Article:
I've just come across a great magazine for thinking mothers: Brain, Child. The latest issue has, among other stimulating essays, one by Kathy Gillen arguing against using rewards -- toys, ice cream -- to help children deal with difficult circumstances (i.e., life). The author notes that she needs to stop rewarding herself -- lattes, pedicures -- as well, not to model entitlement.
"Nobody wants hardship for a child, but amazing, life-altering joy can be found in even the dark corners of life. Teaching kids to embrace hardships without the aid of rewards can be the difference between understanding life and just muddling through it." Yes.
I suspect too that turning to treats to compensate for difficulties sends the message that we don't deserve suffering, reinforcing self-pity. Better to give compassion, suffering with another.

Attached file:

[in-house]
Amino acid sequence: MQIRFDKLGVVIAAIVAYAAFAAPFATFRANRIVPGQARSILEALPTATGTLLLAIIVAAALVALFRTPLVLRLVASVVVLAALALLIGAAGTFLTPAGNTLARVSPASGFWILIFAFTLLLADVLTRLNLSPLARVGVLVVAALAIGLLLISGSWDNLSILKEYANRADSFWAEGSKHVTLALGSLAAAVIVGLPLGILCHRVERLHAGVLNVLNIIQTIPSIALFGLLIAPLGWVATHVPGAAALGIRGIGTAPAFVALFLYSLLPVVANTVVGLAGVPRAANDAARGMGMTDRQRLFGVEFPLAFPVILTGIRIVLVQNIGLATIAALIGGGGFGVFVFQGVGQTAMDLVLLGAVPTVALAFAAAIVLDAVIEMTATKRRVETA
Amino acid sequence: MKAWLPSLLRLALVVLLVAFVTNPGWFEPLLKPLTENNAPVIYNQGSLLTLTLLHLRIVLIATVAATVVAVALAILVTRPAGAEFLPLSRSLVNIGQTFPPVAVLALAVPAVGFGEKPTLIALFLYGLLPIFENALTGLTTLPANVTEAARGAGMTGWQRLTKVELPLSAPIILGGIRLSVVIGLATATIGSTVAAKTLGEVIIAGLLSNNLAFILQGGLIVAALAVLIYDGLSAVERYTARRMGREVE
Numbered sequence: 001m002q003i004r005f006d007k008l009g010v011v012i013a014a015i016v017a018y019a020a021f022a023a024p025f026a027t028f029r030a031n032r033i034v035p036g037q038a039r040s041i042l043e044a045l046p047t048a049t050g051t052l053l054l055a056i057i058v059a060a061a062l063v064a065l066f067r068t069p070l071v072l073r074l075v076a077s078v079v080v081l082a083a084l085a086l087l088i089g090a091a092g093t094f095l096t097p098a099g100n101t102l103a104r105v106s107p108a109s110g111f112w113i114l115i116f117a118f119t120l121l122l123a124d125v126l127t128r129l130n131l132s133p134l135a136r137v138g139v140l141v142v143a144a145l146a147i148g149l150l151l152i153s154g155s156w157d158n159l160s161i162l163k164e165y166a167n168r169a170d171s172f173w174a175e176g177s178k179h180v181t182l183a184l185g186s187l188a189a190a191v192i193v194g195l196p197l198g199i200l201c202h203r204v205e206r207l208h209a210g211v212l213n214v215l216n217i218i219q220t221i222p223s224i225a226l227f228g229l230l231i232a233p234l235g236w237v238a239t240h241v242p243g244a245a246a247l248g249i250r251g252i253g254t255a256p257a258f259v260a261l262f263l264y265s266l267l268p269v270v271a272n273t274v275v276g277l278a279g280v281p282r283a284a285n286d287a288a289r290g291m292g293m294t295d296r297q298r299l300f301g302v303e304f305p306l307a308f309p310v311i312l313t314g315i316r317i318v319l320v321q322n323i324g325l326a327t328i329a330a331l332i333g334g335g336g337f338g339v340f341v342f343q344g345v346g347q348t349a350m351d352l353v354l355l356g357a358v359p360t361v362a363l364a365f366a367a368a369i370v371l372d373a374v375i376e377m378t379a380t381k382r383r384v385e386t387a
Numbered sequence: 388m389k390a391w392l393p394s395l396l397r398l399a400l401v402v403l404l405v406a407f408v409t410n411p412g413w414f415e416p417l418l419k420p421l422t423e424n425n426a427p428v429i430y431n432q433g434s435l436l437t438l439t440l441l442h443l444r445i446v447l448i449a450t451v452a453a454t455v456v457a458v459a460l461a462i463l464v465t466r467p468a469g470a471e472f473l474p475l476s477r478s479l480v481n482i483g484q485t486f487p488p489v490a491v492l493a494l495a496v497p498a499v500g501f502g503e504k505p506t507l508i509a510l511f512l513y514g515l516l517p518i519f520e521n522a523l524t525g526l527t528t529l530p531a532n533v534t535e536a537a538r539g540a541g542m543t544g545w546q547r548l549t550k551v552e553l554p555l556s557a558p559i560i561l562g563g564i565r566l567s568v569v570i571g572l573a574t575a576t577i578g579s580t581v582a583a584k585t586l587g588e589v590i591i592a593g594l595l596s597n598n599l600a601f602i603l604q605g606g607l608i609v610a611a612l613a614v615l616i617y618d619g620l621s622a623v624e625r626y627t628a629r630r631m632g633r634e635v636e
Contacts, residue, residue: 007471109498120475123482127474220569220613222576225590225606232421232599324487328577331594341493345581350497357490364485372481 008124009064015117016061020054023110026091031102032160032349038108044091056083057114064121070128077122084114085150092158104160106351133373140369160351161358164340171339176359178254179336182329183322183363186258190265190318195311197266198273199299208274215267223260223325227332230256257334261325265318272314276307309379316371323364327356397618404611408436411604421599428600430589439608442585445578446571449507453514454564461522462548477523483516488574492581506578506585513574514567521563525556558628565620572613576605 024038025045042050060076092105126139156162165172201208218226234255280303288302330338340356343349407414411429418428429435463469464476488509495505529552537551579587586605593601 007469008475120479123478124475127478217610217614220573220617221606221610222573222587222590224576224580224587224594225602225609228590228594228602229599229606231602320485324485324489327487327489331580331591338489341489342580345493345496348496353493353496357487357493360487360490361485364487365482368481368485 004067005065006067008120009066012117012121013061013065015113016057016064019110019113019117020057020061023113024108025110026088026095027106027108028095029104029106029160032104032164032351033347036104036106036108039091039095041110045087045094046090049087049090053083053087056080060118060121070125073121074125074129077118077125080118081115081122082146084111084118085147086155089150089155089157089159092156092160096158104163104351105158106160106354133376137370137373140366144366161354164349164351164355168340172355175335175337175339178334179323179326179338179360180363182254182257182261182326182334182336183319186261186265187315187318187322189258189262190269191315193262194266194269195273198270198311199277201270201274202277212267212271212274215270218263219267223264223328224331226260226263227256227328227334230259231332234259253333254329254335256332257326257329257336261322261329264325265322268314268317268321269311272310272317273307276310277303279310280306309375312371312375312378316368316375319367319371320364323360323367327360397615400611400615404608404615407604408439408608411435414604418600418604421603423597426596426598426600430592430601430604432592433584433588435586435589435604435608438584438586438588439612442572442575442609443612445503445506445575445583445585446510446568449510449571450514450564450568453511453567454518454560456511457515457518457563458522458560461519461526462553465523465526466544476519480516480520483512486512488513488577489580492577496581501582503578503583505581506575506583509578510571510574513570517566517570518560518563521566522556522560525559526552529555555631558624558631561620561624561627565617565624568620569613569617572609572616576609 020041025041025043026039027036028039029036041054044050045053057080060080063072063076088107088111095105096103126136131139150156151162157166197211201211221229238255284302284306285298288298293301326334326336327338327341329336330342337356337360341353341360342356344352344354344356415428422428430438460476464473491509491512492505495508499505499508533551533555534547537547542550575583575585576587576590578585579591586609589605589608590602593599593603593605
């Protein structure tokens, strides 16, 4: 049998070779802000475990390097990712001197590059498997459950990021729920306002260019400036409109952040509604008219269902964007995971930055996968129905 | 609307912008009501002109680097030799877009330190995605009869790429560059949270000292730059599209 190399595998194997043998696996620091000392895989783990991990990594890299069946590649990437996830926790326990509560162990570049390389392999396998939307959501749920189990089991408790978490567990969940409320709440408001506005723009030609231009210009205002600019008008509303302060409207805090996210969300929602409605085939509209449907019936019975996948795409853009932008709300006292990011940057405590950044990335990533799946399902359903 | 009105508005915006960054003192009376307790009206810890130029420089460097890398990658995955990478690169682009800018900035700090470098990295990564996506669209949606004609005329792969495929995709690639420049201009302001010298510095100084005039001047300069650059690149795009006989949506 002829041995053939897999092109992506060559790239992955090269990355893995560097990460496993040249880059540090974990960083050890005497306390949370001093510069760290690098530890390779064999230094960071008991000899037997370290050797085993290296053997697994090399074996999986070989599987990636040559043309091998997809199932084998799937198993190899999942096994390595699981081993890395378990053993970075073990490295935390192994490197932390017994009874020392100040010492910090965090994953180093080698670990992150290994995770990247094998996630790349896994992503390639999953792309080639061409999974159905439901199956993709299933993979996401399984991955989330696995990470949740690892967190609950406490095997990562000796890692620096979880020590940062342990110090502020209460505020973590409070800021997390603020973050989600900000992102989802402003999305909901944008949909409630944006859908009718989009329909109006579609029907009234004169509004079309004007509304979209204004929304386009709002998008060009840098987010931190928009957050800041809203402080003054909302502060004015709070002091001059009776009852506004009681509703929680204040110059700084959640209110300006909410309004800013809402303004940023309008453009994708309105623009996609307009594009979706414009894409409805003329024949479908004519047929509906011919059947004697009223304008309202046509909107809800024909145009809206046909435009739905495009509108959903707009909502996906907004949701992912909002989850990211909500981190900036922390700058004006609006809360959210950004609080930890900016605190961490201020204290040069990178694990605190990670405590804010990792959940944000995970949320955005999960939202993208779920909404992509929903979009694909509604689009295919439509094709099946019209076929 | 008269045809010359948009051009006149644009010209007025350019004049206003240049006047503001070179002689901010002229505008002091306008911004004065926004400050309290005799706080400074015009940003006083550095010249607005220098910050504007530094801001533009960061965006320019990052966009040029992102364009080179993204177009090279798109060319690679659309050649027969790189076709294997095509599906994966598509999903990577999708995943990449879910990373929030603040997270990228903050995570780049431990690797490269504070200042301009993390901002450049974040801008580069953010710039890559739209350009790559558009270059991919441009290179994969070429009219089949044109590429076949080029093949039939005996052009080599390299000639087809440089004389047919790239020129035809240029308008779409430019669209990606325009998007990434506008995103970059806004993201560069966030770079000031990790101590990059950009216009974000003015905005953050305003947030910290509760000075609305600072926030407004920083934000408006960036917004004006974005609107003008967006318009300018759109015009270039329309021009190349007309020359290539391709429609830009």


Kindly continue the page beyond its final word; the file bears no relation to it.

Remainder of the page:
Now, Gillen "rewards" a child who's had a hard time at the doctor with "lots of hugs and rounds of Itsy Bitsy Spider." (Read it here.)
This is how our God, Emmanuel, comforts us in our troubles -- with his presence, not by distracting us from our pain with food or toys. I am grateful for this essay's insight, which reminds me that if I give John my presence, suffering with him in his pain, it will be easier as he gets older to teach him to turn to God instead of material comforts in hard times. Then, he will be able to share God's comfort with others to comfort them in their struggles (2 Cor. 1). Isn't that a far greater gift than a toy would be?